• Subgroup analyses showed reduced mortality only among patients in the infliximab arm who required HFNC oxygen or NIV (OR 0.52; 95% CI, 0.29–0.91). 
  • Among patients who required mechanical ventilation or extracorporeal membrane oxygenation, there was no difference in mortality by Day 28 (OR 1.11; 95% CI, 0.45–2.72).
  • There were no differences in secondary infections or in the number or severity of serious adverse events between the infliximab and placebo arms.


  • Each of the 3 active agents was compared to a shared placebo group without adjusting for multiple comparisons.
  • Mortality was a secondary endpoint. Although the treatment difference for mortality by Day 28 was nominally significant, no adjustment was made to the analysis to assess multiple outcomes (primary outcome and mortality).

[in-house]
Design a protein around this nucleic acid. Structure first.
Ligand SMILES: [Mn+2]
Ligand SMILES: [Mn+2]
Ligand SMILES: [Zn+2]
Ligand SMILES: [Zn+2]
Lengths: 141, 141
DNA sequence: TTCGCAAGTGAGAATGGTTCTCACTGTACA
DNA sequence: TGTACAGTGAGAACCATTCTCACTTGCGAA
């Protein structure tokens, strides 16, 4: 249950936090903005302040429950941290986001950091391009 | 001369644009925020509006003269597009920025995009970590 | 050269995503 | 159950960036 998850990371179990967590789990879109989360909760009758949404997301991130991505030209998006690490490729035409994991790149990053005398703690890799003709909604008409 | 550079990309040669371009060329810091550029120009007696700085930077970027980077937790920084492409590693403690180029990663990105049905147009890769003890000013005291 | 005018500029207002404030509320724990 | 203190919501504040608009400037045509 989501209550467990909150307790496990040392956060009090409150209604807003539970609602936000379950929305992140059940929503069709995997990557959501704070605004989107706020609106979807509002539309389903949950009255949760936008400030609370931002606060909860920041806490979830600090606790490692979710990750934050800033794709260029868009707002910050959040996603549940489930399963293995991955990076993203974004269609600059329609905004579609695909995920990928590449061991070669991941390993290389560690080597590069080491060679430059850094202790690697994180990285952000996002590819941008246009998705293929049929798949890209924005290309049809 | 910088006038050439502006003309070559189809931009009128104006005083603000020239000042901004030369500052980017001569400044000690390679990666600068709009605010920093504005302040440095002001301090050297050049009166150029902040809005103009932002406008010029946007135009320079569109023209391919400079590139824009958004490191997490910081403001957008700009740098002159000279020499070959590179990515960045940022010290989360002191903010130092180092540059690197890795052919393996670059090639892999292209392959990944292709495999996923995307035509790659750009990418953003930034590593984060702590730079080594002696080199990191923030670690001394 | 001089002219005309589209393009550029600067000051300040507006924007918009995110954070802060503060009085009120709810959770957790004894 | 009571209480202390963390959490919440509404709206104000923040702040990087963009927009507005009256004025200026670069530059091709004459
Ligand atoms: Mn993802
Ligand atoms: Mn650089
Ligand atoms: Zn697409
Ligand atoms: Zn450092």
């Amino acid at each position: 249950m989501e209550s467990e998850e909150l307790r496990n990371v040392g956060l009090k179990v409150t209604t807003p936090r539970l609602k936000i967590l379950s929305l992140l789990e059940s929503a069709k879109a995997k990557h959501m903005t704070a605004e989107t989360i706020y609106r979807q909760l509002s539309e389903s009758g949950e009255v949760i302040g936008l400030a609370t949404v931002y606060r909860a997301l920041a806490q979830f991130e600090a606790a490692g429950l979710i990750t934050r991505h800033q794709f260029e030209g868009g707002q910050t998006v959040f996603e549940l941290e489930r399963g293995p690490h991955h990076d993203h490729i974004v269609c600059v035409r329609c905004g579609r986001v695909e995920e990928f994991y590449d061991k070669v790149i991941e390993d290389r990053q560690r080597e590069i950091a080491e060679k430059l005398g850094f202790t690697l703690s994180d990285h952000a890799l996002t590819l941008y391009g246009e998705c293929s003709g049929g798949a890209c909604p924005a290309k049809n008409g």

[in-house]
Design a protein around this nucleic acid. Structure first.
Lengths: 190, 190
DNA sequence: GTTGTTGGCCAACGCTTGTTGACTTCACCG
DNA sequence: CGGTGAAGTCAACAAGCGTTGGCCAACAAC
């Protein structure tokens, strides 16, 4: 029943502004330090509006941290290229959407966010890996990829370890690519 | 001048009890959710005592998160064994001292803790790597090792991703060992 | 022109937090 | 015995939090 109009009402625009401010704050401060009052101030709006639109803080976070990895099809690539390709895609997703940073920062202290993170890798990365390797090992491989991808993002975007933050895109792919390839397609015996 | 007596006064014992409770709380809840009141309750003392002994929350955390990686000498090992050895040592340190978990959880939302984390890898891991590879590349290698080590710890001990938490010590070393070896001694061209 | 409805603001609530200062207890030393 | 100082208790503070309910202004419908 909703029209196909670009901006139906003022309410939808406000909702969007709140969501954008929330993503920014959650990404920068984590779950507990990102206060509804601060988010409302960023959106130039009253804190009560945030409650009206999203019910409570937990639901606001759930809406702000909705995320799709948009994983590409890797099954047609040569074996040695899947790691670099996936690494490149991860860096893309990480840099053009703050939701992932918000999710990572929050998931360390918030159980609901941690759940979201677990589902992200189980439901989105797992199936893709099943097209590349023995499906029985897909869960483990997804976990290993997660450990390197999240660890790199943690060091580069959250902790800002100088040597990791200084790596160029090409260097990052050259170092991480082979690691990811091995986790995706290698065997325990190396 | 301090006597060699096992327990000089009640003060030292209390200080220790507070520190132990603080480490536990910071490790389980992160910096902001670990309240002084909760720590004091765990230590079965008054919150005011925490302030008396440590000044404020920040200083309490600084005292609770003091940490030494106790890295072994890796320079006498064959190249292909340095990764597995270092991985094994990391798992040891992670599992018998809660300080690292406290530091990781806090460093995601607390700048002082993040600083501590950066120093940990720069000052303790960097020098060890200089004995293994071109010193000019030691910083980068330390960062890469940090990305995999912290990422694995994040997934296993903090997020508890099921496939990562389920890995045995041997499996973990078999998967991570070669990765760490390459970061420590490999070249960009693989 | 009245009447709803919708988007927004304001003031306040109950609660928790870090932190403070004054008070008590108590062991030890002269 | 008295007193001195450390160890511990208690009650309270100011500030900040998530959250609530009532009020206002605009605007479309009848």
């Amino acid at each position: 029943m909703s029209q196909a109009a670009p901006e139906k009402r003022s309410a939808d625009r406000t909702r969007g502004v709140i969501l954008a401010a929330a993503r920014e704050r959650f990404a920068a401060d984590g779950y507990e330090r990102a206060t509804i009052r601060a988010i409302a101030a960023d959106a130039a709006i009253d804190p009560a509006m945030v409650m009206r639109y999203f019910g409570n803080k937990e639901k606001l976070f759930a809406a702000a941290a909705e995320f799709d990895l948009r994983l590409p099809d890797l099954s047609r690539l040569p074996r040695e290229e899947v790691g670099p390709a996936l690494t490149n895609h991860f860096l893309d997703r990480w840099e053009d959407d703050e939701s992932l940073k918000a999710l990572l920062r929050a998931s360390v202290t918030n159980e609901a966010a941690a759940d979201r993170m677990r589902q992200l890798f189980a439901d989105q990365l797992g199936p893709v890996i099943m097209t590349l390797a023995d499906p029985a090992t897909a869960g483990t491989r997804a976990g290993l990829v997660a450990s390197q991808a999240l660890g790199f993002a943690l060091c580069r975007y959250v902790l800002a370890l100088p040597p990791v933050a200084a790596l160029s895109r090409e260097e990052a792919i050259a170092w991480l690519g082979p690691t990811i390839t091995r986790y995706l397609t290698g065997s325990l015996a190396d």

• The study was not powered to analyze differences within disease severity subgroups.


  1. Del Valle DM, Kim-Schulze S, Huang HH, et al. An inflammatory cytokine signature predicts COVID-19 severity and survival. Nat Med. 2020;26(10):1636-1643. Available at:
  2. Curtis JR, Zhou X, Rubin DT, et al. Characteristics, comorbidities, and outcomes of SARS-CoV-2 infection in patients with autoimmune conditions treated with systemic therapies: a population-based study. J Rheumatol. 2022;49(3):320-329. Available at:
  3. Izadi Z, Brenner EJ, Mahil SK, et al. Association between tumor necrosis factor inhibitors and the risk of hospitalization or death among patients with immune-mediated inflammatory disease and COVID-19. JAMA Netw Open. 2021;4(10):e2129639. Available at:
  4. O’Halloran JA, Ko ER, Anstrom KJ, et al. Abatacept, cenicriviroc, or infliximab for treatment of adults hospitalized with COVID-19 pneumonia: a randomized clinical trial. JAMA. 2023;330(4):328-339. Available at:
  5. Infliximab (Remicade) [package insert]. Food and Drug Administration. 2021. Available at: